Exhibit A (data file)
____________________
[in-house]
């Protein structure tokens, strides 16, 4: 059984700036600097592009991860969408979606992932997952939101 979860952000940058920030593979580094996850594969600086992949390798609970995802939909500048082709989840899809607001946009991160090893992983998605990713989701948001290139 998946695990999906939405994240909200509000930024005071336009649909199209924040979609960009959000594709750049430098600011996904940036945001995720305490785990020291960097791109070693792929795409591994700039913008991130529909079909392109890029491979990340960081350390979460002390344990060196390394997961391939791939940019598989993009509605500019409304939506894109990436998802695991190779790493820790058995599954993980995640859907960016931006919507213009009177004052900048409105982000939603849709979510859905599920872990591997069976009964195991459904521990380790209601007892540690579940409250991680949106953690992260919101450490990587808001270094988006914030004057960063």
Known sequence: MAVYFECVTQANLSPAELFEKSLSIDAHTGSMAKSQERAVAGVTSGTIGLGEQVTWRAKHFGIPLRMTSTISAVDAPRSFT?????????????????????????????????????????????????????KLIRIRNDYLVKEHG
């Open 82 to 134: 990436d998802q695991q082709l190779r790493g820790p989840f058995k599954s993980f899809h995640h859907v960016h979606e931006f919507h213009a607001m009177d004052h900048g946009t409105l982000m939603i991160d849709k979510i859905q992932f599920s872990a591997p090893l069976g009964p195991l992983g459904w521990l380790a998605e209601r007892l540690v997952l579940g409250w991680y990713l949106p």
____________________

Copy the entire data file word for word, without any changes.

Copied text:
[in-house]
């Protein structure tokens, strides 16, 4: 059984700036600097592009991860969408979606992932997952939101 979860952000940058920030593979580094996850594969600086992949390798609970995802939909500048082709989840899809607001946009991160090893992983998605990713989701948001290139 998946695990999906939405994240909200509000930024005071336009649909199209924040979609960009959000594709750049430098600011996904940036945001995720305490785990020291960097791109070693792929795409591994700039913008991130529909079909392109890029491979990340960081350390979460002390344990060196390394997961391939791939940019598989993009509605500019409304939506894109990436998802695991190779790493820790058995599954993980995640859907960016931006919507213009009177004052900048409105982000939603849709979510859905599920872990591997069976009964195991459904521990380790209601007892540690579940409250991680949106953690992260919101450490990587808001270094988006914030004057960063």
Known sequence: MAVYFECVTQANLSPAELFEKSLSIDAHTGSMAKSQERAVAGVTSGTIGLGEQVTWRAKHFGIPLRMTSTISAVDAPRSFT?????????????????????????????????????????????????????KLIRIRNDYLVKEHG
């Open 82 to 134: 990436d998802q695991q082709l190779r790493g820790p989840f058995k599954s993980f899809h995640h859907v960016h979606e931006f919507h213009a607001m009177d004052h900048g946009t409105l982000m939603i991160d849709k979510i859905q992932f599920s872990a591997p090893l069976g009964p195991l992983g459904w521990l380790a998605e209601r007892l540690v997952l579940g409250w991680y990713l949106p």